The purpose of this study is to identify the gene or genes responsible for keloid formation.
Keloids are raised scars on the skin that form after a minor injury. A tendency to develop
keloids often runs in families, suggesting a possible genetic basis.
People who have had a classic (butterfly-shaped or wound-overflowing) keloid for at least one
year may be eligible for this study. In addition to these probands (original participants),
family members over 12 years of age who have either classic or non-classic keloids and those
18 years of age or older without keloids may participate.
Probands and family members with keloids will have a medical history focusing on skin
problems particularly keloids and a skin examination. In some cases, with the subject s
permission, photos of the keloids will be taken. All participants will have 35 milliliters
(about 2 tablespoons) of blood drawn for DNA (genetic) testing and for measurement of blood
proteins, including cytokines, which can affect other tissues and cause scarring. Part of the
blood sample will be used for additional genetic studies unrelated to keloids. The samples
will be coded for confidentiality.
Keloids represent a pathologic fibrosis which occurs in the skin after trauma and which grow
beyond the boundaries of injury. Keloids occur in people of all racial backgrounds; however,
individuals of African descent are more susceptible to the disease. A familial disposition to
keloid formation has long been recognized, but the genetic basis for this racial and familial
predisposition has not been identified. We hypothesize that the increased risk is a direct
result of one or more disease susceptibility genes. We will pursue two approaches, which are
presented as two study modules. In module 1, we will carry out a family study. We will
identify affected pedigrees, each containing at least 3 individuals with keloids. Blood will
be obtained and Epstein Barr virus-transformed permanent B cell lines will be established. We
anticipate taking two analytic strategies. We will use candidate gene analysis, focusing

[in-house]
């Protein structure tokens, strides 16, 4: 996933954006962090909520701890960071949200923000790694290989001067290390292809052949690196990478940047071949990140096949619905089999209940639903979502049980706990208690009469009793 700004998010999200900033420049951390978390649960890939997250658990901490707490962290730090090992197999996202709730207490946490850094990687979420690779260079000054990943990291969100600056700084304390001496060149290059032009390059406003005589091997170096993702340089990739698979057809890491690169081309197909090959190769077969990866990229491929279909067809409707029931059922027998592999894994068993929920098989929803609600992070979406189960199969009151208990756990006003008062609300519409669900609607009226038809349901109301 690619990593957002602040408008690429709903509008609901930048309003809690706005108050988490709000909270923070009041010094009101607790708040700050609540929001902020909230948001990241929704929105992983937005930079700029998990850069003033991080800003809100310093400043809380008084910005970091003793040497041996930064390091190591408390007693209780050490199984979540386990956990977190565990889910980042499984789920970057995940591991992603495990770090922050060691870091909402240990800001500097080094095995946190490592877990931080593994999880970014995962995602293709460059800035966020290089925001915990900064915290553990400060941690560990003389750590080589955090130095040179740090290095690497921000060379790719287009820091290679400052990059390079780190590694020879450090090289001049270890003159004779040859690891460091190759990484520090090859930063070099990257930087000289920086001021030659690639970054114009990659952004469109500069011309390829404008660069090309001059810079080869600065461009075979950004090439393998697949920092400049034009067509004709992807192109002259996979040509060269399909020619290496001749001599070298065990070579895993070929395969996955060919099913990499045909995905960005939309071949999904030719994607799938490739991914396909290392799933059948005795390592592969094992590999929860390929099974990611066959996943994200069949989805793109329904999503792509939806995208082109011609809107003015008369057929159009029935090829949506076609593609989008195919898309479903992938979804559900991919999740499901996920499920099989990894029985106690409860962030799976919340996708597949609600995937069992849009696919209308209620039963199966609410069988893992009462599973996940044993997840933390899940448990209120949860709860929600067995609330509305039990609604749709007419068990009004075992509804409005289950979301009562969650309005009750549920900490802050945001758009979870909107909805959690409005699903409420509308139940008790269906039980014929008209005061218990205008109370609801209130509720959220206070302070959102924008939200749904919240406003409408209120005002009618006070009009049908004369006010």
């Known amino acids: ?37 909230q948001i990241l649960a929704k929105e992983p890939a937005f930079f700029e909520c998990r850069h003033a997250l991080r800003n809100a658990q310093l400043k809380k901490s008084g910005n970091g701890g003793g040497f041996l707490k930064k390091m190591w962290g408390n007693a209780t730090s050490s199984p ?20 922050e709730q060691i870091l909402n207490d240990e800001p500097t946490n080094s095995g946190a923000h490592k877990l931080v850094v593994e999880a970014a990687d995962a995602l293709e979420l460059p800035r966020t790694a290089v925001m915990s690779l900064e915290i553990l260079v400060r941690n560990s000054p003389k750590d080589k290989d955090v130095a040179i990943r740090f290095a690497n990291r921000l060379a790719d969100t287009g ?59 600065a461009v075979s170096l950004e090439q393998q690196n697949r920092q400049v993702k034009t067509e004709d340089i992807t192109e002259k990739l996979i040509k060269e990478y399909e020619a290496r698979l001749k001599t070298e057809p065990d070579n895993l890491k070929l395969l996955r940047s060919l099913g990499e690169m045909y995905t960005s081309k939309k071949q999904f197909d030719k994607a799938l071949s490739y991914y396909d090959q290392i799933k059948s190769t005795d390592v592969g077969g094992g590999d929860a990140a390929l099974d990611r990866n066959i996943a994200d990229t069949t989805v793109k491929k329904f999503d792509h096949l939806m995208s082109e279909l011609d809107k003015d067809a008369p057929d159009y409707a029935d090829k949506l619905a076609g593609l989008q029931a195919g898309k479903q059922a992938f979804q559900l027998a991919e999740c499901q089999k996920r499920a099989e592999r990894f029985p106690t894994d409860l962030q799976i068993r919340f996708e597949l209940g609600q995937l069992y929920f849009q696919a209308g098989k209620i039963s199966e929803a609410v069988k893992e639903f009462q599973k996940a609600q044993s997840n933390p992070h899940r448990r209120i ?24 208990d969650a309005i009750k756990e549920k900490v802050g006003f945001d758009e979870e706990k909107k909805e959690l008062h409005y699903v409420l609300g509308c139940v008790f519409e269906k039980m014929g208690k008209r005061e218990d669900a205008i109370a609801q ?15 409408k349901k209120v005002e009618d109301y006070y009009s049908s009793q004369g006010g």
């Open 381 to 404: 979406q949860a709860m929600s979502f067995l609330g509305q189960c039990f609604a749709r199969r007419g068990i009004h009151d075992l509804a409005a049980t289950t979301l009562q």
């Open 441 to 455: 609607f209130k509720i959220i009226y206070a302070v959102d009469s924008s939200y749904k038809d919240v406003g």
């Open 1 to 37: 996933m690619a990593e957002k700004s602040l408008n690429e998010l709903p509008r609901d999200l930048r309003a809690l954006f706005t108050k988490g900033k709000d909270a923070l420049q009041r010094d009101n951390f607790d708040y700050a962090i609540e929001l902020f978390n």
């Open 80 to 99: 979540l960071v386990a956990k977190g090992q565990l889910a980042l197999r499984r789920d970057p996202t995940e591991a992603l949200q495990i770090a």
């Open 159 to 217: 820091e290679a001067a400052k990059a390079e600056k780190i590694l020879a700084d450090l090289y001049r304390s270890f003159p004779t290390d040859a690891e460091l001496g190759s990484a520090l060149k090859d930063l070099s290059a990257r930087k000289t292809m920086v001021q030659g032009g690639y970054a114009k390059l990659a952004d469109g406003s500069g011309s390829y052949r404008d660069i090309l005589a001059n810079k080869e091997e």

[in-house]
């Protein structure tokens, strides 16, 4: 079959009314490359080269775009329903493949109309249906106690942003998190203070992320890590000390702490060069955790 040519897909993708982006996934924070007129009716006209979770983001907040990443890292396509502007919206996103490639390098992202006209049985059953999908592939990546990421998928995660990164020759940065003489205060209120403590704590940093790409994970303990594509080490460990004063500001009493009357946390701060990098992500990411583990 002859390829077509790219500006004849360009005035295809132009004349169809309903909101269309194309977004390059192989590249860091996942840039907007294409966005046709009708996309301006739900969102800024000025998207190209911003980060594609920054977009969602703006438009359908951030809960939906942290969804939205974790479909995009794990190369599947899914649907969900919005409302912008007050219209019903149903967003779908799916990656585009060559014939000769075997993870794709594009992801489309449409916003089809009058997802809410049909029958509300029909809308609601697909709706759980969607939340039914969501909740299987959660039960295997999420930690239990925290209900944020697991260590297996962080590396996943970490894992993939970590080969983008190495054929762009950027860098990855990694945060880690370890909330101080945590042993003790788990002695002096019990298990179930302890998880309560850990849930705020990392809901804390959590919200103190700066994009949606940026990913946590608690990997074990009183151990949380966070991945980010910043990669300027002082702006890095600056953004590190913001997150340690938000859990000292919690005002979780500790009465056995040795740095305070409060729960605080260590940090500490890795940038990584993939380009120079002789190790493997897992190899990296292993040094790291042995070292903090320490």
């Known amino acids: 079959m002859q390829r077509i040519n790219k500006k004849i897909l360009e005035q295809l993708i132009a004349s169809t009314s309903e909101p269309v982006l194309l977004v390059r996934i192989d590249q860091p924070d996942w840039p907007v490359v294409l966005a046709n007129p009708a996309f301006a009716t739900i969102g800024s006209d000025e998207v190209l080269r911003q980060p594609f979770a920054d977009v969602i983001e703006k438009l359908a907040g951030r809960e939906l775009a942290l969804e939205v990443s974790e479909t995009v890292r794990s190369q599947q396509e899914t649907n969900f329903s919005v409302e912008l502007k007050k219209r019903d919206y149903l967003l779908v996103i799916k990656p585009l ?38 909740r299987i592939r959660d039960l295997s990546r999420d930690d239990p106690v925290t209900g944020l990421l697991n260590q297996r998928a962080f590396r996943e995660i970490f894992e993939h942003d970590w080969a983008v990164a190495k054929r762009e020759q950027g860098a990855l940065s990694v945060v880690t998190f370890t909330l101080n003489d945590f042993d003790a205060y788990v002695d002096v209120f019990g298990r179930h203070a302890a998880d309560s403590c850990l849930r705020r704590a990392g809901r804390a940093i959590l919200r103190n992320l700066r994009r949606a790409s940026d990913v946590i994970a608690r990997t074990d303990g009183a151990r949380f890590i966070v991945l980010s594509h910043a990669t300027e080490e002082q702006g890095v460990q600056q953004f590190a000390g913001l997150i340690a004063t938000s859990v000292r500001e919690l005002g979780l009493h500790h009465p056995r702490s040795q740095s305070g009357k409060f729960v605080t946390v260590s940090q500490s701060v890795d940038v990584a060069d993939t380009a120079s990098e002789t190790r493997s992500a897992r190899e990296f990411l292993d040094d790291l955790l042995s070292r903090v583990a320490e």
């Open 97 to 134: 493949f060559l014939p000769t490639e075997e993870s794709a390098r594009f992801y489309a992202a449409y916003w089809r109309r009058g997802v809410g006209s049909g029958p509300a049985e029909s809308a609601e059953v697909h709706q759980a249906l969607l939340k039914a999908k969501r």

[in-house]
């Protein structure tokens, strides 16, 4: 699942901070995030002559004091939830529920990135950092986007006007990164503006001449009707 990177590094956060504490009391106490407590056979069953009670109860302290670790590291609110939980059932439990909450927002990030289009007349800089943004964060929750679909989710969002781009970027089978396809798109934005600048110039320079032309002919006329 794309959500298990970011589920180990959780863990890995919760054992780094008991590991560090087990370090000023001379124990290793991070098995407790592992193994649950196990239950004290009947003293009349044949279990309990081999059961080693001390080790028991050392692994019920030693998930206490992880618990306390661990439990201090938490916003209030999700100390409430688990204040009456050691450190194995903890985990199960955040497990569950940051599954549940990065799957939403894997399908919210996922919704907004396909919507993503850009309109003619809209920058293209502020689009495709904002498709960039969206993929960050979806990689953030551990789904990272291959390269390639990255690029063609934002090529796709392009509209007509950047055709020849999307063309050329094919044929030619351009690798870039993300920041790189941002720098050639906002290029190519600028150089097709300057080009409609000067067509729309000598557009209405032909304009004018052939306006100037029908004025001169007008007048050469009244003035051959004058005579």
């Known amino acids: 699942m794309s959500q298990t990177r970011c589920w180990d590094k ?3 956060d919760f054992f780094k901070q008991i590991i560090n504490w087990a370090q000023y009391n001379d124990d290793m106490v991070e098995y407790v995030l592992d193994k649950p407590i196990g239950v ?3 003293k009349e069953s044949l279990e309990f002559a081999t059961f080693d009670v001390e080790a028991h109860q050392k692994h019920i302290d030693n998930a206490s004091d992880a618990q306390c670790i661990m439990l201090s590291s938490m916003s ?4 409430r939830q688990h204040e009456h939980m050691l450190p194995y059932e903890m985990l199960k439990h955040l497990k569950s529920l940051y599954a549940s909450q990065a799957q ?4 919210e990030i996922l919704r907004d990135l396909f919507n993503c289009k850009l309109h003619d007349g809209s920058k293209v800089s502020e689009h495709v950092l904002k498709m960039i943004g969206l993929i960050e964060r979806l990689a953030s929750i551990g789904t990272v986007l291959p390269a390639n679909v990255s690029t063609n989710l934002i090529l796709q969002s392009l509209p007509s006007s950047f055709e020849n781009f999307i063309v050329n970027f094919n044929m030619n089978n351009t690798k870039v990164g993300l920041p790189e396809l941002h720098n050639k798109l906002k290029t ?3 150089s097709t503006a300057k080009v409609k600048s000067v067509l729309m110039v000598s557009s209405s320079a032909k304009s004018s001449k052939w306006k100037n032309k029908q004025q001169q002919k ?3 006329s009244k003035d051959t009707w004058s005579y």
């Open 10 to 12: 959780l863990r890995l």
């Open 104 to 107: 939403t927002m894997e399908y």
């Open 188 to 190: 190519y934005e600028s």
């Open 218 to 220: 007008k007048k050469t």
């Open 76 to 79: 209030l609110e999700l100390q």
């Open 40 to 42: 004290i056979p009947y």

initially on the CBP and TGF1B genes and a recently identified locus on chromosome 14, and we
will use genome-wide markers to identify possible disease gene loci. In module 2, we will
perform a genome scan to address the hypothesis that one or more African origin genetic
variants account for the excess prevalence of keloids among African Americans. We will carry
out a mapping by admixture linkage disequilibrium (MALD) scan, in order to find genetic
regions where differences in the distribution of particular tagging single nucleotide
polymorphisms (SNPs) between keloid cases and controls indicate excess African ancestry.
Further analysis of these loci will be carried out to identify the causative genetic
- INCLUSION CRITERIA:
1. Proband: must have a butterfly-shaped or wound-overflowing keloid, present for at
least one year (this description represents classic keloid, and avoids
2. Affected family members: all family members of the proband who have either
classic keloids, as described above, or non-classic keloids, such as ball
shaped-keloids on the ear.
3. Unaffected family members: all family members who lack keloids.
4. Impaired subjects for whom a legal guardian provides consent.
5. Pregnant women.
1. Subjects who are unwilling or unable to give informed consent or assent.
2. Impaired individuals from whom it not possible to obtained parental consent (minors)
or guardian consent (adults).
3. Keloid patients who have <3 relatives with keoids.